Climate Progress: Pope Francis made the religious case for tackling climate change on Wednesday, calling on his fellow Christians to become “Custodians of Creation” and issuing a dire warning about the potentially catastrophic effects of global climate change.
Speaking to a massive crowd in Rome, the first Argentinian pope delivered a short address in which he argued that respect for the “beauty of nature and the grandeur of the cosmos” is a Christian value, noting that failure to care for the planet risks apocalyptic consequences. [Continue reading...]
Michael White writes: We’ve invested heavily in research institutions in order to understand the risks of climate change; those institutions are now telling us the situation is dire. But rather than use these assessments to develop evidence-guided policies to address the urgent challenges identified, our elected officials are attempting to kill the messenger by attacking the resources and the credibility of those institutions.
Two weeks ago the U.S. House Appropriations Committee voted to pass an appropriations bill that singles out climate change research for cuts. In this bill, the NSF would get a total budget increase of 3.2 percent, well above the expected rate of inflation, but the NSF Geosciences Directorate, which funded one of the West Antarctic Ice Sheet studies, is deliberately excluded from this increase. NASA would be slated for a modest boost, but that would largely be targeted to planetary science programs focused on the Solar System, with offsetting cuts to earth science. The National Oceanic and Atmospheric Association budget would decline relative to inflation, and climate change research at the agency would get reduced by $36 million. The cuts to climate change research in this bill are in line with the spending priorities laid out last month by Paul Ryan and the House Budget Committee, and with earlier efforts to chip away at funding for climate change research. [Continue reading...]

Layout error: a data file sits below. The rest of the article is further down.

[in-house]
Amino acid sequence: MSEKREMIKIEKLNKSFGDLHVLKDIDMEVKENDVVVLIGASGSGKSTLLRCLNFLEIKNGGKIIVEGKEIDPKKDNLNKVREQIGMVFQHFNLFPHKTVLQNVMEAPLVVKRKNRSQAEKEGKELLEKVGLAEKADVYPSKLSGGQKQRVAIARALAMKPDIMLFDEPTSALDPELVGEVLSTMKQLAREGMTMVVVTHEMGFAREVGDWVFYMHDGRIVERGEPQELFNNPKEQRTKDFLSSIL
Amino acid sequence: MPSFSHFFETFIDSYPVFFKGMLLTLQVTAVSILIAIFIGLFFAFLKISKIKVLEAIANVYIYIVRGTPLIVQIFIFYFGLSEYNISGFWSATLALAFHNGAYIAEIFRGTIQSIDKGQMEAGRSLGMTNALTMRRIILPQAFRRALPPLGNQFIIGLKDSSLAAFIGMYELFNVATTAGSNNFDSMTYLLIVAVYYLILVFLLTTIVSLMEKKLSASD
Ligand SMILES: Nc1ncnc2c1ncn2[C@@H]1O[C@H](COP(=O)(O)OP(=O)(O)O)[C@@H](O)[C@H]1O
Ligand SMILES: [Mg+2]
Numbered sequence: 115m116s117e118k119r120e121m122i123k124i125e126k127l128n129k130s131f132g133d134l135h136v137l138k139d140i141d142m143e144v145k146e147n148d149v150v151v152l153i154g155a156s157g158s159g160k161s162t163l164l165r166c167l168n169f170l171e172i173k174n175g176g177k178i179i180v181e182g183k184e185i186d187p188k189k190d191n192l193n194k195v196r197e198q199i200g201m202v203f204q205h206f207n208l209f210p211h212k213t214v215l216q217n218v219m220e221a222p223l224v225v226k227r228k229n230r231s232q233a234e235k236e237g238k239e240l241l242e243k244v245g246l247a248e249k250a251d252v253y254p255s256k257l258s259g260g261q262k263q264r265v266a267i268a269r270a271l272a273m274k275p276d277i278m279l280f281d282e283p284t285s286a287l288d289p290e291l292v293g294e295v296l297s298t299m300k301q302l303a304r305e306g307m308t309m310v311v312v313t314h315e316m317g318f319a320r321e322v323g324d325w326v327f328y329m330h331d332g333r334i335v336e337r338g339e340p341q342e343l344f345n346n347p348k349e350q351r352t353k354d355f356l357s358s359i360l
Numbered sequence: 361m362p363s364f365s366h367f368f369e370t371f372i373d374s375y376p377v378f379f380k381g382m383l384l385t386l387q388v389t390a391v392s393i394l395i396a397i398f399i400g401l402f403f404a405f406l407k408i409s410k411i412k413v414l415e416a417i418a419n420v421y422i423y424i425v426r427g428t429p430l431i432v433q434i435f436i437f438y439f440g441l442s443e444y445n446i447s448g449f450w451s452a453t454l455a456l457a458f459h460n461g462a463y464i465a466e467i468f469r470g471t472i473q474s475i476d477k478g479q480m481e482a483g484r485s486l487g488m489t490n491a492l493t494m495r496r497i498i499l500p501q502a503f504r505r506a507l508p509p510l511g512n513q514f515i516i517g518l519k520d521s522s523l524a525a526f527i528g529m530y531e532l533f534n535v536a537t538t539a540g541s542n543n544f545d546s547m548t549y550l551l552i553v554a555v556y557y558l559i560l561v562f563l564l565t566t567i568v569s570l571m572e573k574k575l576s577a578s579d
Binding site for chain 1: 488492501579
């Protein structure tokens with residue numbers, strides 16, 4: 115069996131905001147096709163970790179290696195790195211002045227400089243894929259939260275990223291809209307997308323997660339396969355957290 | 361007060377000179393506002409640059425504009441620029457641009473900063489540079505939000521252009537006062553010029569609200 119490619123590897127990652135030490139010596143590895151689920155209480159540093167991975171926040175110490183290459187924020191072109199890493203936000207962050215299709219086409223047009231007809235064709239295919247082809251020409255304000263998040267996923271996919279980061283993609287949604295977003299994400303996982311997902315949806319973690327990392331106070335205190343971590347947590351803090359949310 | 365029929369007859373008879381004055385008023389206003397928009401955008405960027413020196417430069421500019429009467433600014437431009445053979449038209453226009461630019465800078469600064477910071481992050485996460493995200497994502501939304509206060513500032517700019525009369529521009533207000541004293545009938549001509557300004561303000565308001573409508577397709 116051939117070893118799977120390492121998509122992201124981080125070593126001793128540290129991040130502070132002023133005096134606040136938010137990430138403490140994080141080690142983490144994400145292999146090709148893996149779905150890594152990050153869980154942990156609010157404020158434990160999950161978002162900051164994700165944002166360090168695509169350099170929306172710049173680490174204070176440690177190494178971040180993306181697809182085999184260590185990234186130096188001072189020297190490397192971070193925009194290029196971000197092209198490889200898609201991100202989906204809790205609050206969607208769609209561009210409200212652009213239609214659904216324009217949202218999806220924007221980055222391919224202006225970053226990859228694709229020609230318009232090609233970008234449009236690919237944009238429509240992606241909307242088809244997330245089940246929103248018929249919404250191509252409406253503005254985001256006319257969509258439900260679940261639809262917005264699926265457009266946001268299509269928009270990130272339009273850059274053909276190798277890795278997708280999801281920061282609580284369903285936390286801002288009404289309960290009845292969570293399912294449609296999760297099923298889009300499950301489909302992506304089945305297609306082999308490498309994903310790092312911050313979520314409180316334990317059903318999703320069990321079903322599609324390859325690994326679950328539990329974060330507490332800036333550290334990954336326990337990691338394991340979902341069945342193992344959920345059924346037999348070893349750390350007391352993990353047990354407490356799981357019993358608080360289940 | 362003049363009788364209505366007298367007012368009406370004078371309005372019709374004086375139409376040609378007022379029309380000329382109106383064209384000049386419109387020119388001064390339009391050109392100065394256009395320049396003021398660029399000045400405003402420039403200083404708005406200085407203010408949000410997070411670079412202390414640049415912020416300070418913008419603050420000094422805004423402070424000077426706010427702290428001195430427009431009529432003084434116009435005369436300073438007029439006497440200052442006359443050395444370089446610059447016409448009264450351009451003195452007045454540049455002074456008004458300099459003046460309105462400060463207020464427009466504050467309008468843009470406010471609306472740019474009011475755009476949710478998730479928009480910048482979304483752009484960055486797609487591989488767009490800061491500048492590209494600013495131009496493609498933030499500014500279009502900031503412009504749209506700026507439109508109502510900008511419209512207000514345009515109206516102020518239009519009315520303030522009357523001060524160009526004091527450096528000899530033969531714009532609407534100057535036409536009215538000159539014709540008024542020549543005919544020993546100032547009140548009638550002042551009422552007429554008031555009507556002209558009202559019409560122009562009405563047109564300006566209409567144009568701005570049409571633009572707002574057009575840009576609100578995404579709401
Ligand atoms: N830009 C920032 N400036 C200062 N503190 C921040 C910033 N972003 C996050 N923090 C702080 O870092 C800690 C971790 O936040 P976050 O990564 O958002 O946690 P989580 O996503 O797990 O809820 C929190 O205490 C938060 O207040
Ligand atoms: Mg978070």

Climate change as a weapon of mass destruction
By Tom Engelhardt
Who could forget? At the time, in the fall of 2002, there was such a drumbeat of “information” from top figures in the Bush administration about the secret Iraqi program to develop weapons of mass destruction (WMD) and so endanger the United States. And who — other than a few suckers — could have doubted that Saddam Hussein was eventually going to get a nuclear weapon? The only question, as our vice president suggested on “Meet the Press,” was: Would it take one year or five? And he wasn’t alone in his fears, since there was plenty of proof of what was going on. For starters, there were those “specially designed aluminum tubes” that the Iraqi autocrat had ordered as components for centrifuges to enrich uranium in his thriving nuclear weapons program. Reporters Judith Miller and Michael Gordon hit the front page of the New York Times with that story on September 8, 2002.
Then there were those “mushroom clouds” that Condoleezza Rice, our national security advisor, was so publicly worried about — the ones destined to rise over American cities if we didn’t do something to stop Saddam. As she fretted in a CNN interview with Wolf Blitzer on that same September 8th, “[W]e don’t want the smoking gun to be a mushroom cloud.” No, indeed, and nor, it turned out, did Congress!